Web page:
DJ LeMahieu, J.T. Realmuto, and George Springer Reject Qualifying Offers

J.T. Realmuto. Photo by Manny Flores/CSM/REX/Shutterstock

NY Yankees slugger DJ LeMahieu, Philadelphia Phillies catcher J.T. Realmuto, and Houston Astros’ outfielder George Springer have all rejected the $18.9 million qualifying offers from their respective teams, the MLB Players’ Association has announced on Wednesday. All three players will now enter free agency, joining Cincinnati Reds’ ace Trevor Bauer, who rejected his qualifying offer several days ago.

Two remaining players with qualifying offers, NY Mets’ Marcus Stroman and San Francisco Giants’ Kevin Gausman, elected to accept them and will stay with the same teams on one-year, $18.9 million contracts for the 2021 MLB season.

LeMahieu, Realmuto, and Springer’s decisions don’t come as a surprise considering the trio is set for a big payday in the free agency.

DJ LeMahieu led the MLB with a .364 batting average in the 2020 season, while hitting 10 home runs and contributing with 27 RBIs as well. He was named American League’s batting champion and was the recipient of the Silver Slugger Award.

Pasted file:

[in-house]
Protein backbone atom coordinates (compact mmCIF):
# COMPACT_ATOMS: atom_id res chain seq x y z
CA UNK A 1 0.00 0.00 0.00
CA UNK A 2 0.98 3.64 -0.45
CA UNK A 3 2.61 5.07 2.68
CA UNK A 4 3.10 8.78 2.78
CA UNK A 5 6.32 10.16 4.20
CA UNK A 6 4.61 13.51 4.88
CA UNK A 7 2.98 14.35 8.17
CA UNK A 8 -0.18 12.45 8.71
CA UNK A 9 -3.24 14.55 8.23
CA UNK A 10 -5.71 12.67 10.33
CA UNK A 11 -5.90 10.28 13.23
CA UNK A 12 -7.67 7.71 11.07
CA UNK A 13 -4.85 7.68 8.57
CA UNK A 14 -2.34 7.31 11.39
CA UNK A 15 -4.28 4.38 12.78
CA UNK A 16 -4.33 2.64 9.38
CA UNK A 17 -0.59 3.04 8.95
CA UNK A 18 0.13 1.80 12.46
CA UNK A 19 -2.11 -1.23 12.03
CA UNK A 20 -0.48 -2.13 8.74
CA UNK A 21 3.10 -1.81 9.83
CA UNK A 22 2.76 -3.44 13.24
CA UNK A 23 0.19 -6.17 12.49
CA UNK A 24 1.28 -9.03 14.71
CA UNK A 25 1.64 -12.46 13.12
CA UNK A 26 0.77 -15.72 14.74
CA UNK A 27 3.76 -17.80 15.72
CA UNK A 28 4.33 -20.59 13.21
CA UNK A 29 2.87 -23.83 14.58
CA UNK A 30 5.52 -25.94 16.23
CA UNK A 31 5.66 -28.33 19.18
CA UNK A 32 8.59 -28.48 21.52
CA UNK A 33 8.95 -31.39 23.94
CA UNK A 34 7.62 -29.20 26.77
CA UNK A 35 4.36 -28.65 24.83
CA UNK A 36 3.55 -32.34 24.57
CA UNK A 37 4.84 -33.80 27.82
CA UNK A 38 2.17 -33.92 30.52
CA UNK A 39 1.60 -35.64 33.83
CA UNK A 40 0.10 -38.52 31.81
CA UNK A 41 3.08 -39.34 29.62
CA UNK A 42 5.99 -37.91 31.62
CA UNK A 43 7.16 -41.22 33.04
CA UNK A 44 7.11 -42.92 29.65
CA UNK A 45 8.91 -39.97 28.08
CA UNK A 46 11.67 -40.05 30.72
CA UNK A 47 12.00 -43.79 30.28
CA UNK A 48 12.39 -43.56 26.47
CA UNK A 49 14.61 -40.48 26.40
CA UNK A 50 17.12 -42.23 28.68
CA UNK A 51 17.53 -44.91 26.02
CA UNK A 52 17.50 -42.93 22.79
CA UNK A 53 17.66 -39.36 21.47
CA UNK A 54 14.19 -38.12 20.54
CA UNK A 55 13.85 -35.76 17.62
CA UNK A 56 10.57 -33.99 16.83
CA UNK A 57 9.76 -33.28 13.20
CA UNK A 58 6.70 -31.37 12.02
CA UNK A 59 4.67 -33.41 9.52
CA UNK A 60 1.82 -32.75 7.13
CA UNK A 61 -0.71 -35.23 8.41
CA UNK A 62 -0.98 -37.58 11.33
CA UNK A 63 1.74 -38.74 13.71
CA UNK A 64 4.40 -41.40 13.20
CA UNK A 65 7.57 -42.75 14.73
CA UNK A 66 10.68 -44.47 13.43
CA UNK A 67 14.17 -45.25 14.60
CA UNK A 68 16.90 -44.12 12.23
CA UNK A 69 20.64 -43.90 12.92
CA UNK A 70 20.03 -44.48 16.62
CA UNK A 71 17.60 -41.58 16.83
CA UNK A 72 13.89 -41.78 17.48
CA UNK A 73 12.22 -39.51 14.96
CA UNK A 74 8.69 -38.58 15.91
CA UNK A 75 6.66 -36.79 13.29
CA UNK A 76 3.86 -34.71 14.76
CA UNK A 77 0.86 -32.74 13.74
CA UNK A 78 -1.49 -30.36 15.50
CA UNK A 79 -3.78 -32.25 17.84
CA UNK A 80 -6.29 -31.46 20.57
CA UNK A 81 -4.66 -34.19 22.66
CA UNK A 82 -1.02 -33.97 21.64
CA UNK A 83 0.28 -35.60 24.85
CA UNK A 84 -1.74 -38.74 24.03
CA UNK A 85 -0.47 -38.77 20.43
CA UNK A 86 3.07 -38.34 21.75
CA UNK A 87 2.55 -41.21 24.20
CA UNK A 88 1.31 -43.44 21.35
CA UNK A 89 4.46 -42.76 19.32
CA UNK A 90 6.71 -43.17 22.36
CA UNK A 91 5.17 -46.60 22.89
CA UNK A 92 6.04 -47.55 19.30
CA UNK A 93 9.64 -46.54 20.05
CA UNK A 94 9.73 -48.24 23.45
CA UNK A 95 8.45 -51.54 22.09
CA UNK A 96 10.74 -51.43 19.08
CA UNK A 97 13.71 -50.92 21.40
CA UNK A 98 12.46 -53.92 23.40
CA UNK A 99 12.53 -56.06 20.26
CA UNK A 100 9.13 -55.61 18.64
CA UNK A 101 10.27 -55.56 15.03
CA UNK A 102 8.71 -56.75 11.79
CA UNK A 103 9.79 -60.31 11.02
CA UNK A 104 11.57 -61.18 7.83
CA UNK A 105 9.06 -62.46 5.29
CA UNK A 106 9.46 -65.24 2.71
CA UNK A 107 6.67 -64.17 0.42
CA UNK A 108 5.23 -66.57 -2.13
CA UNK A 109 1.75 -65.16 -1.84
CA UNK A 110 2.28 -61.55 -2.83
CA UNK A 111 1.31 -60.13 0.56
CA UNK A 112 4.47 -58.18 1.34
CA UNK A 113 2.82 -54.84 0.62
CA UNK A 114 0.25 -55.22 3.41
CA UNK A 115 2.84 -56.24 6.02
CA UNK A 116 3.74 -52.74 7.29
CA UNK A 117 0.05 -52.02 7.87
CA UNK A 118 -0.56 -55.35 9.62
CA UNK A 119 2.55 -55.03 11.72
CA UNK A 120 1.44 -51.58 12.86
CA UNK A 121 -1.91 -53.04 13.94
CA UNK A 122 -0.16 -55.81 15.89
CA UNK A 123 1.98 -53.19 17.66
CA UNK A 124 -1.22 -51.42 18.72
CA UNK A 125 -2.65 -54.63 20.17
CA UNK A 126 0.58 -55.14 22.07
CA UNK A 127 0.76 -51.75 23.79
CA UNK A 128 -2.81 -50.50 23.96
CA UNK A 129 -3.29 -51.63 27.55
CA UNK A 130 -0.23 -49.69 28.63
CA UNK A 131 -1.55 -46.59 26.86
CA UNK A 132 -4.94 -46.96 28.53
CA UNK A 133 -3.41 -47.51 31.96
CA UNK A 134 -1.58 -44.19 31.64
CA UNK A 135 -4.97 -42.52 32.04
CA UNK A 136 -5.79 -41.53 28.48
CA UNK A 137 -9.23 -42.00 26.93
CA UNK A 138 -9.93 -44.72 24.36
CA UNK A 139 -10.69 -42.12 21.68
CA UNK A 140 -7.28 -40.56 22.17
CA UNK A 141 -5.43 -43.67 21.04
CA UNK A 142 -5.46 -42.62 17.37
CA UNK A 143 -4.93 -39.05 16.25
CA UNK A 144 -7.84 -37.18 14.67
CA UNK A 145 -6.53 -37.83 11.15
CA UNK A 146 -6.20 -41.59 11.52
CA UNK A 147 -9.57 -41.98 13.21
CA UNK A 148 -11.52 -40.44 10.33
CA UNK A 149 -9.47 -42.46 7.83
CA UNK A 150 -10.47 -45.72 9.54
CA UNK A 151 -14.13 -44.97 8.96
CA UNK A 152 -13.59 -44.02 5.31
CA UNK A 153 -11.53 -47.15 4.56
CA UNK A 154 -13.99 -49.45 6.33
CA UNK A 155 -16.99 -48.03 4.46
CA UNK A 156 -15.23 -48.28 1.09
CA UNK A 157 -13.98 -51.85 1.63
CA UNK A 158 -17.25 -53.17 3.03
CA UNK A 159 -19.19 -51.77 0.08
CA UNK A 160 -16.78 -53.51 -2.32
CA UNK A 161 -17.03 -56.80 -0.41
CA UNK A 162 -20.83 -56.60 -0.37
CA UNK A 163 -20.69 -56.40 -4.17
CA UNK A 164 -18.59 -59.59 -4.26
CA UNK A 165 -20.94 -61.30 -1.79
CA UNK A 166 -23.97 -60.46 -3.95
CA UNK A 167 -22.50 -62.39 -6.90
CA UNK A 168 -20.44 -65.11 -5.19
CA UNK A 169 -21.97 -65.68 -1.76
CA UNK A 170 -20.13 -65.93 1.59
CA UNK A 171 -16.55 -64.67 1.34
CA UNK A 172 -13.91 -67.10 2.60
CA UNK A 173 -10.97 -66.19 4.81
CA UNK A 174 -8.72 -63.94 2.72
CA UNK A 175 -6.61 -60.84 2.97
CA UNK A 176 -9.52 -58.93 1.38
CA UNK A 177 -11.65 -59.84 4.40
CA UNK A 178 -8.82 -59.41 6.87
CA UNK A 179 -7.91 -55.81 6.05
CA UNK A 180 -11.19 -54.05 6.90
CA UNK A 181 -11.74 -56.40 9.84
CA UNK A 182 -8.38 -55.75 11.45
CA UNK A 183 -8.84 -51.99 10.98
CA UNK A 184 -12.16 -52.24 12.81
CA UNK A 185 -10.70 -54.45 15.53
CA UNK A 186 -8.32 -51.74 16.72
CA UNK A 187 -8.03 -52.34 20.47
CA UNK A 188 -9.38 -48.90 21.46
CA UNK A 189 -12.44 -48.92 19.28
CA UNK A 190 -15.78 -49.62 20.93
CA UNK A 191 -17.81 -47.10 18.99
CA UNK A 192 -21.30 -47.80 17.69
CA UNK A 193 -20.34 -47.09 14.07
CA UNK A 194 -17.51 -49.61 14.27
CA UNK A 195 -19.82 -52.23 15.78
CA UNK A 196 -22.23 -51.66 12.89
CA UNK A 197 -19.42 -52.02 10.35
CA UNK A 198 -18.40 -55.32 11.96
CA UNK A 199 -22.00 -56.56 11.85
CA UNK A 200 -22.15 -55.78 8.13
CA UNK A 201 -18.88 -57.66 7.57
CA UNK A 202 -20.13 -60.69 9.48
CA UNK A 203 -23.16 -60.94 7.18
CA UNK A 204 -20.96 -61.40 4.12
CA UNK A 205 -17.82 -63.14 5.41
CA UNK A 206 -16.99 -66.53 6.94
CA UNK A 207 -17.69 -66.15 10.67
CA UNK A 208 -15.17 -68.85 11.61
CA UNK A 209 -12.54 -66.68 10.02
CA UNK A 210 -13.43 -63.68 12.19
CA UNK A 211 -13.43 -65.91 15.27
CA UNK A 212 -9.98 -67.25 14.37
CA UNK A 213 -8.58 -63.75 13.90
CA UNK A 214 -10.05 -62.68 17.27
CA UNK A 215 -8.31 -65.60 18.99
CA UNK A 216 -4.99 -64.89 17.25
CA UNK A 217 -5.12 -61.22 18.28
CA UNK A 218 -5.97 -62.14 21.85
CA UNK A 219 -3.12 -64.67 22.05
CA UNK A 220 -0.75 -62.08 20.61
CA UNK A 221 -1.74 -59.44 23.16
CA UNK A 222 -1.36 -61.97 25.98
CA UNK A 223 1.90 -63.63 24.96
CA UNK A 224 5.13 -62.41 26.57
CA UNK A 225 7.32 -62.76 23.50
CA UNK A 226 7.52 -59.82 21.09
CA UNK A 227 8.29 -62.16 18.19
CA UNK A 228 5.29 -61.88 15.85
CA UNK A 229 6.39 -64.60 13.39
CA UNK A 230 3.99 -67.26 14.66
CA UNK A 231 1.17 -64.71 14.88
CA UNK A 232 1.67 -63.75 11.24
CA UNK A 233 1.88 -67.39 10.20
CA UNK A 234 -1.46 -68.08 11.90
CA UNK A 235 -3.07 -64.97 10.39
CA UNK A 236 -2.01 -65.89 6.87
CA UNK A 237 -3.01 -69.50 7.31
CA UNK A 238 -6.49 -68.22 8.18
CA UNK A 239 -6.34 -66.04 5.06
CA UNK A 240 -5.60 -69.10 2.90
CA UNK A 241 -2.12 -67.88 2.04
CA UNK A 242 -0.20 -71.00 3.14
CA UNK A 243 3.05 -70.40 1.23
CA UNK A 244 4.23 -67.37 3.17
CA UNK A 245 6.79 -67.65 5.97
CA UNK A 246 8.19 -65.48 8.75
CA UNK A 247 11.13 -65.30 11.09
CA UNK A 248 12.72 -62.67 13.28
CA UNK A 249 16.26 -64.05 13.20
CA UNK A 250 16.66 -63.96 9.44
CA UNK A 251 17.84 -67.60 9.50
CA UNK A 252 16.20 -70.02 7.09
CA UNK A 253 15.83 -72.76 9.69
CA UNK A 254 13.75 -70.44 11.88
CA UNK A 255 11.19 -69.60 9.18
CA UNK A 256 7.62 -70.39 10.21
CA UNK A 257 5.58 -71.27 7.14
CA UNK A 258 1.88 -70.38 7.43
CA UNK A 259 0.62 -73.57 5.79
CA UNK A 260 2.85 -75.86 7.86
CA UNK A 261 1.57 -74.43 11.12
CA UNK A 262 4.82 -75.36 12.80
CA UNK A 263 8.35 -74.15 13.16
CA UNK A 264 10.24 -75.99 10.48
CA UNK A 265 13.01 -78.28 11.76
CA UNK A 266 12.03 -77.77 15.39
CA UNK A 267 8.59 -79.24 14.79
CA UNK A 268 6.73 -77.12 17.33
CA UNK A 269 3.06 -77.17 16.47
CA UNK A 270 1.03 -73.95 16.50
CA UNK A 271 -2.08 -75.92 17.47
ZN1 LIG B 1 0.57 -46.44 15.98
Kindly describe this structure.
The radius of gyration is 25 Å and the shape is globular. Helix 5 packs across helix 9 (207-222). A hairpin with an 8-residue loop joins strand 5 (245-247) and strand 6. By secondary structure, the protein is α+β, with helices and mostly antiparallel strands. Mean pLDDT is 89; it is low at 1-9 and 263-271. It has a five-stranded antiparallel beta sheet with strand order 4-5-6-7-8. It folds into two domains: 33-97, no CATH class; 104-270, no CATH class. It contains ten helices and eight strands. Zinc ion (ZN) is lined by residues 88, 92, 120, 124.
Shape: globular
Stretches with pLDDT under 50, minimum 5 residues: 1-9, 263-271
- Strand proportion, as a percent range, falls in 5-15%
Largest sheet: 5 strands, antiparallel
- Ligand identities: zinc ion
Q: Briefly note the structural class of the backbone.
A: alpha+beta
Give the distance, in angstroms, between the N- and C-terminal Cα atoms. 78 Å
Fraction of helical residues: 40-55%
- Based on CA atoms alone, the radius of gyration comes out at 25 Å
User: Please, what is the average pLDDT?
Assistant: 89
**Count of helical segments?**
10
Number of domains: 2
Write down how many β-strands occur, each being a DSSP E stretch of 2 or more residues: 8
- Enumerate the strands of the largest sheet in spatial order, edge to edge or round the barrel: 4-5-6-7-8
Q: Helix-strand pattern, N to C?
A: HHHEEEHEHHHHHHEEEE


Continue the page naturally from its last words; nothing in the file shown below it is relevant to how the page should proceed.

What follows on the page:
There is a good chance that LeMahieu will remain with the Yankees, but the organization will have to dig deep into its pockets to make this happen.

But signing LeMahieu will probably be significantly less pricey than getting J.T. Realmuto. The 29-year-old catcher said on several previous occasions that he wants his new deal to shatter the record for a catcher and then some.

Realmuto’s high demands will most likely leave Philadelphia Phillies out of the race, so it highly likely that he suits up for another franchise next season. He batted .266 in 2020 for the Phillies and added 11 homers and 32 RBIs.

Finally, George Springer, who had 14 home runs in the shortened 2020 MLB season, is also knocking on the doors of a big contract. Astros remain the favorites to re-sign him, considering his importance to the team, but several other franchises, including Toronto Blue Jays, will give Houston a run for their money.